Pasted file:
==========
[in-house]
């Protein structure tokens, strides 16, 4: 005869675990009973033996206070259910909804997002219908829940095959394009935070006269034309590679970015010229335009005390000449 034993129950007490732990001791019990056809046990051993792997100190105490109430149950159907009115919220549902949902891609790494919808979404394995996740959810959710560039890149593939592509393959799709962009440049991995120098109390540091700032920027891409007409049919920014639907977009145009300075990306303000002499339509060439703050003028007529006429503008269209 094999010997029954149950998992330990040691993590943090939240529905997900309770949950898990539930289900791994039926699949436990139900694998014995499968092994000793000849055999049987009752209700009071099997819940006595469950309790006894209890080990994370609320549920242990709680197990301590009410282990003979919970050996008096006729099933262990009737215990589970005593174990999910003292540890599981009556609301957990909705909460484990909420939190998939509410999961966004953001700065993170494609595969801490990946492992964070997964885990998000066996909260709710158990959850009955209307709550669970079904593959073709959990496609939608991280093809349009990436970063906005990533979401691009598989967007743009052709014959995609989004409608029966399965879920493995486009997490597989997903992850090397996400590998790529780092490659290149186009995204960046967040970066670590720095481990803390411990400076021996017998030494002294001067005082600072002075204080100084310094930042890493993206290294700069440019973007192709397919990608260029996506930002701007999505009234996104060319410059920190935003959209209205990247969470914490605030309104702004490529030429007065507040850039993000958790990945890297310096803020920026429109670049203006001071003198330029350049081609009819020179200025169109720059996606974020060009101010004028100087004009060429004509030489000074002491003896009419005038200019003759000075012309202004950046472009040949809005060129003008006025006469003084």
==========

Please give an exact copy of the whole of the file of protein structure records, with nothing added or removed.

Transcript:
[in-house]
């Protein structure tokens, strides 16, 4: 005869675990009973033996206070259910909804997002219908829940095959394009935070006269034309590679970015010229335009005390000449 034993129950007490732990001791019990056809046990051993792997100190105490109430149950159907009115919220549902949902891609790494919808979404394995996740959810959710560039890149593939592509393959799709962009440049991995120098109390540091700032920027891409007409049919920014639907977009145009300075990306303000002499339509060439703050003028007529006429503008269209 094999010997029954149950998992330990040691993590943090939240529905997900309770949950898990539930289900791994039926699949436990139900694998014995499968092994000793000849055999049987009752209700009071099997819940006595469950309790006894209890080990994370609320549920242990709680197990301590009410282990003979919970050996008096006729099933262990009737215990589970005593174990999910003292540890599981009556609301957990909705909460484990909420939190998939509410999961966004953001700065993170494609595969801490990946492992964070997964885990998000066996909260709710158990959850009955209307709550669970079904593959073709959990496609939608991280093809349009990436970063906005990533979401691009598989967007743009052709014959995609989004409608029966399965879920493995486009997490597989997903992850090397996400590998790529780092490659290149186009995204960046967040970066670590720095481990803390411990400076021996017998030494002294001067005082600072002075204080100084310094930042890493993206290294700069440019973007192709397919990608260029996506930002701007999505009234996104060319410059920190935003959209209205990247969470914490605030309104702004490529030429007065507040850039993000958790990945890297310096803020920026429109670049203006001071003198330029350049081609009819020179200025169109720059996606974020060009101010004028100087004009060429004509030489000074002491003896009419005038200019003759000075012309202004950046472009040949809005060129003008006025006469003084």